I remember testifying before a legislative committee, along with several county commissioners from northwest Colorado, when the Office of Just Transition (OJT) was being formed to support coal communities as state government policies forced them to transition away from coal. The response from some legislators was something along the lines of those terrifying words, “I’m from the government and I’m here to help.”
Many of the people who live in coal communities grew up there and worked in coal-related jobs. These were good-paying jobs that supported families and the community at large. Their children went to school and participated in activities and they bought houses and paid taxes. Moffat County, for example, according to former County Commissioner Ray Beck in a recent Associated Press article, had an assessed value of $430 million dollars in 2020, 62% coming from energy-related businesses, which are the top taxpayers in the county. Most of these taxpayers are related to the coal industry. How will they replace those jobs and the property tax revenue to provide government services?
In a July, 2022 letter to President Biden, Governor Polis urges the federal government, as “the only partner” who can not only give technical assistance to those who have lost their jobs, including retraining and relocation assistance, but he also states that the federal government can help backfill local communities in their budget shortfalls. Colorado received $3.82 billion dollars of federal tax dollars from the American Rescue Plan Act (ARPA), yet the Governor only allocated $5 million in his budget request for the OJT. So, Polis asked the federal government for money to help these communities so they will not turn into “ghost towns” but when billions of dollars come to the state, he cannot muster more than $5 million?
Apparently, giving these struggling communities any additional funding raises some eyebrows. The legislature’s Joint Budget Committee (JBC) has had many discussions about funding for the OJT this session. In a JBC meeting on the Governor’s budget request, Senator Chris Hansen, a Denver Democrat, questioned the need for these additional funds since they had already allocated $15 million for the OJT budget. So just what is the price is for destroying communities and families in Colorado?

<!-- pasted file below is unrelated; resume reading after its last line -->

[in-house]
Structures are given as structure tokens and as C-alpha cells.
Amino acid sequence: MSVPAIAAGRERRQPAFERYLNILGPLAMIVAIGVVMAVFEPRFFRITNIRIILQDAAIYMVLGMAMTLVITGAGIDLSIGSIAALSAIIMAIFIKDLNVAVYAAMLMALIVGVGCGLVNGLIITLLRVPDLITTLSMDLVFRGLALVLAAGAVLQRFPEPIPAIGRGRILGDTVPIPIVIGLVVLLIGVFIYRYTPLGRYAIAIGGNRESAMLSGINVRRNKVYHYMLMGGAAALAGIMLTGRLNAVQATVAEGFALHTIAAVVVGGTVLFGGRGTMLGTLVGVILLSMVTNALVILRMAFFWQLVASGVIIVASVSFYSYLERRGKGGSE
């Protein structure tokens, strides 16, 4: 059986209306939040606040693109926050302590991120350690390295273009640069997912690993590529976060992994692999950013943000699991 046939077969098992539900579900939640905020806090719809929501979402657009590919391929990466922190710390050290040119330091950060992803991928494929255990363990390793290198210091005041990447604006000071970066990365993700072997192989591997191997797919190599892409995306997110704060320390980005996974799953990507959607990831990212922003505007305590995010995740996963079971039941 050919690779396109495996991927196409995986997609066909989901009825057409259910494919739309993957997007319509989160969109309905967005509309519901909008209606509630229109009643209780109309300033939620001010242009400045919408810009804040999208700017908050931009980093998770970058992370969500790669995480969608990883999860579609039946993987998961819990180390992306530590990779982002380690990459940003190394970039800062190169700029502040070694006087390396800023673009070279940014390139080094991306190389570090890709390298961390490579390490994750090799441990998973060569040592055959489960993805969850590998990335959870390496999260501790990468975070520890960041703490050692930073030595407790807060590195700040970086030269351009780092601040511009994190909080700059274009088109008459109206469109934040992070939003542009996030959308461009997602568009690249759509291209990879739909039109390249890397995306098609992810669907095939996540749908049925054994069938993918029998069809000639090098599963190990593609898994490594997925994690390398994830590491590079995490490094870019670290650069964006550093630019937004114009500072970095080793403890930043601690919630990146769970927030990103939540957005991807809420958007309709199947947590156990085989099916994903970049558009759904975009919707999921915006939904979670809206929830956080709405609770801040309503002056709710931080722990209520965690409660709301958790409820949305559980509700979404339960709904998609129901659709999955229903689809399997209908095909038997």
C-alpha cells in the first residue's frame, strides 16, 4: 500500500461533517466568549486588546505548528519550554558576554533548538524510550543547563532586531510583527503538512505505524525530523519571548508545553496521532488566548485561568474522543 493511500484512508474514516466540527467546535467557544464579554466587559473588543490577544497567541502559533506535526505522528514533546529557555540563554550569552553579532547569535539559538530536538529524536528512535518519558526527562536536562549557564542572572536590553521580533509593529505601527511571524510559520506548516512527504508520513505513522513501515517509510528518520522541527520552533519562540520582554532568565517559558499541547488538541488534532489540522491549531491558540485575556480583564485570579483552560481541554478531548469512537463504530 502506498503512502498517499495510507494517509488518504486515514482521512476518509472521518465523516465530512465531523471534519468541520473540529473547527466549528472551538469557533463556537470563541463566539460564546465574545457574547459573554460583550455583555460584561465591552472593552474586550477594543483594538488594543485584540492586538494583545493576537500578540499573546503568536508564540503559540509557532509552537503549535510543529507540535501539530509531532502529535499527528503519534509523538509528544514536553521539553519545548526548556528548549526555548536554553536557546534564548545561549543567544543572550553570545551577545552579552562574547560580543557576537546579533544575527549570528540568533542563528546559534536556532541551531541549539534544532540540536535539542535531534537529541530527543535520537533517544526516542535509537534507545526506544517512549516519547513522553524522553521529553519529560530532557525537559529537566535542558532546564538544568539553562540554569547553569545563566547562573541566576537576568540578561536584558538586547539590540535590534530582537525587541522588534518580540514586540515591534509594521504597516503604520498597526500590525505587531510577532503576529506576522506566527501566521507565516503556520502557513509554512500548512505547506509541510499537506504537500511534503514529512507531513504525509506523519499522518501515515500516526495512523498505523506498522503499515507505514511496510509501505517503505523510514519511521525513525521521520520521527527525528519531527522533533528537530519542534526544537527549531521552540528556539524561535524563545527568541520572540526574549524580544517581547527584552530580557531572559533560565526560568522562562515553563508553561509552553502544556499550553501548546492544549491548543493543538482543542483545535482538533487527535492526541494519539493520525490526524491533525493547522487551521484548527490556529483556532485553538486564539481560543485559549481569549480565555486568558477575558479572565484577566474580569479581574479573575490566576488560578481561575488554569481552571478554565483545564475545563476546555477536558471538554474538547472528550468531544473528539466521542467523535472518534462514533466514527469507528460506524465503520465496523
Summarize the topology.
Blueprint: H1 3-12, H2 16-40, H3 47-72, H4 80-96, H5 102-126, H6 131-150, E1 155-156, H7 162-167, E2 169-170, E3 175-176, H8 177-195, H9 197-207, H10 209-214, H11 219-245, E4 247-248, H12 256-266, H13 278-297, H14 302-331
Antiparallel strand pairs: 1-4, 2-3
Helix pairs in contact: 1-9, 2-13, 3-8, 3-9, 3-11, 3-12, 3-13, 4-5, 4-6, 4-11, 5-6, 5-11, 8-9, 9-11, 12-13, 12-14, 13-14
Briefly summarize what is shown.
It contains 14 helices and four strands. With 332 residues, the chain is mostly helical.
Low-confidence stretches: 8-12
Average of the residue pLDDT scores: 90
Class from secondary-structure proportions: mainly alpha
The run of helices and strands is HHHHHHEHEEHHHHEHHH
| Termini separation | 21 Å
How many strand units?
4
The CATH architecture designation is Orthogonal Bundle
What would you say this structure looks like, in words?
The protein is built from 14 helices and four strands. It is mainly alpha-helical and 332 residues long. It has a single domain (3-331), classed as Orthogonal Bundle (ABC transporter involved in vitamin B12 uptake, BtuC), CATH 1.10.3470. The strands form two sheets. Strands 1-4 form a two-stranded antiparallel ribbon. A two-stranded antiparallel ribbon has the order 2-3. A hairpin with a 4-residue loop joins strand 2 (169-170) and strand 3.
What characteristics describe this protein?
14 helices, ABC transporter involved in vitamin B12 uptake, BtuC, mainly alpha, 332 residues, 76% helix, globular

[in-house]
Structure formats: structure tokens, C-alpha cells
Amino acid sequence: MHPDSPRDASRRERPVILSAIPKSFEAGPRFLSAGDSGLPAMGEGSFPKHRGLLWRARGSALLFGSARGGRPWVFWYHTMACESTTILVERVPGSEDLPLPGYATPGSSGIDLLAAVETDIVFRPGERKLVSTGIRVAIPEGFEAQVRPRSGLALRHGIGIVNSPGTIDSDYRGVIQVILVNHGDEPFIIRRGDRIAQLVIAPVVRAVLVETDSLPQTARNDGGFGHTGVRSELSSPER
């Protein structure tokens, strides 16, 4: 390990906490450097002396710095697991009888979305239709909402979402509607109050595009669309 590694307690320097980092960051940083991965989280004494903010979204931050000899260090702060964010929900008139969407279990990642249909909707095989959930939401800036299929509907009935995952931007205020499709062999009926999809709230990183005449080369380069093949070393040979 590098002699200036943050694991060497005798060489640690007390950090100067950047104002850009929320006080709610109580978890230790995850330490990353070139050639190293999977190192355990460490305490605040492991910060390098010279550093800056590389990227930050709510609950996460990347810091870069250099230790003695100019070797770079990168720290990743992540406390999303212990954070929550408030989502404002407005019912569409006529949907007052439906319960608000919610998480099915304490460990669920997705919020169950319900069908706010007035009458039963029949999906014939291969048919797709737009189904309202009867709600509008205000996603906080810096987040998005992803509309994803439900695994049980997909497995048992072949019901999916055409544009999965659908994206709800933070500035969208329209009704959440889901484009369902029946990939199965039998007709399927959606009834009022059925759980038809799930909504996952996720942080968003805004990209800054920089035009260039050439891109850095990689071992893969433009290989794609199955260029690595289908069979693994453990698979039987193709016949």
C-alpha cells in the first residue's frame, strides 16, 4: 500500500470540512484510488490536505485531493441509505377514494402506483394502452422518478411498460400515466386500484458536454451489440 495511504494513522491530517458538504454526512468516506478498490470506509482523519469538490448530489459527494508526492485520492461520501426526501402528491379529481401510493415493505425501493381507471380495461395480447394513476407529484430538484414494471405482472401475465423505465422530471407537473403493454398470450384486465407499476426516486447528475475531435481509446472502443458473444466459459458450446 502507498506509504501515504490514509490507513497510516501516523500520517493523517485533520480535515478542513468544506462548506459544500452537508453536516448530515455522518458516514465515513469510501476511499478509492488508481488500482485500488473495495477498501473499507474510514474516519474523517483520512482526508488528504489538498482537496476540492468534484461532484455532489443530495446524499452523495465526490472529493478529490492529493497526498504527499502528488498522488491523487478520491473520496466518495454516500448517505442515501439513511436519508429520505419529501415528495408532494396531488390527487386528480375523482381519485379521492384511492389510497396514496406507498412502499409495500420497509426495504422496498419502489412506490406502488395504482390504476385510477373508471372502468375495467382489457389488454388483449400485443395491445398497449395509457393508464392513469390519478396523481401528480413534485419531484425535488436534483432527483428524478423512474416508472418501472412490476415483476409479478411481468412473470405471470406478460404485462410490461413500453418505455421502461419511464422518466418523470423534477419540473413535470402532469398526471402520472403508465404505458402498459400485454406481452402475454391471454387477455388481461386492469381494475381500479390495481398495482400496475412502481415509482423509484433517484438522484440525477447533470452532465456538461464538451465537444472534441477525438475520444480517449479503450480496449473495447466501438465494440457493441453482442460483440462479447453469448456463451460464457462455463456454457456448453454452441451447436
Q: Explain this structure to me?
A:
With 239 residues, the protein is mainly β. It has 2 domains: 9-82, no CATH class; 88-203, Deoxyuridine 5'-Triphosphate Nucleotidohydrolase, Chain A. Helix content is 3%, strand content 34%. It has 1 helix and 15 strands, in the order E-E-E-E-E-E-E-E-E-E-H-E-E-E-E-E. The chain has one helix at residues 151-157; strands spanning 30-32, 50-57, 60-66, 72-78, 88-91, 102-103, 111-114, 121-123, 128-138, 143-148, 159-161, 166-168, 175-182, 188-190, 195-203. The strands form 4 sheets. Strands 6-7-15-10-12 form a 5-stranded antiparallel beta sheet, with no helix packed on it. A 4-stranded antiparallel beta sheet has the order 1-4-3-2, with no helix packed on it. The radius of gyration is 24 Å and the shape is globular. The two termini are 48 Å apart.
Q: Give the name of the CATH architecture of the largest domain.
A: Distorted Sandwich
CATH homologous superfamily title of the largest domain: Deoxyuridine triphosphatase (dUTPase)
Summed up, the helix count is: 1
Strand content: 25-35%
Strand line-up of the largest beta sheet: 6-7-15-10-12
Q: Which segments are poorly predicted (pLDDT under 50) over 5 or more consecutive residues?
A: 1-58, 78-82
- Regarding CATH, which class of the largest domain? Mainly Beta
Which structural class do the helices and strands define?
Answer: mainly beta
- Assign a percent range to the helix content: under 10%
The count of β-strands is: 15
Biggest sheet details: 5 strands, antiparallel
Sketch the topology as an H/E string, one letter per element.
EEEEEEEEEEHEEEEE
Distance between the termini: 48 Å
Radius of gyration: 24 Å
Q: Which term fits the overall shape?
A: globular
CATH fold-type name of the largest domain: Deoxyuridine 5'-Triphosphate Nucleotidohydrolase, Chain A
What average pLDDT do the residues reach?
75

But Senator Hansen seems to have suddenly changed his tune. In a recent JBC meeting Senator Hansen voiced his ongoing commitment to workers and their families in coal communities, going so far as co-sponsor a supplemental bill with Republican Senator Bob Rankin to give immediate funding to the OJT. He boasted about how proactive Colorado has been in relation to addressing the needs of coal communities and how proud he is to be part of this work. Senator Hansen stated that he would like to look at non-General Fund options for future funding. That’s a start. The real question is why more isn’t being done with the ARPA dollars to help coal communities.
In the supplemental bill, $150,000 is slated to go the Colorado School of Mines so they can study alternative uses of coal. Representative Kim Ransom discussed this portion of the bill at length. She questioned if this was a good use of the money or would it be better spent on helping coal workers? Good questions. Senator Rankin stated that finding alternative uses for coal would be beneficial to coal communities and supported the use of this money for research.
The rest of the JBC supplemental bill was focused on moving $7 million of the existing $15 million to the cash fund for more immediate spending needs. It was unclear from the hearing just what those needs are, but both Senators Rankin and Hansen supported moving the money.
As long as those funds are available to coal communities, then at least the promises to support the displaced workers and their families remain.
Rose Pugliese is a former Mesa County Commissioner and a regular contributor to Complete Colorado.
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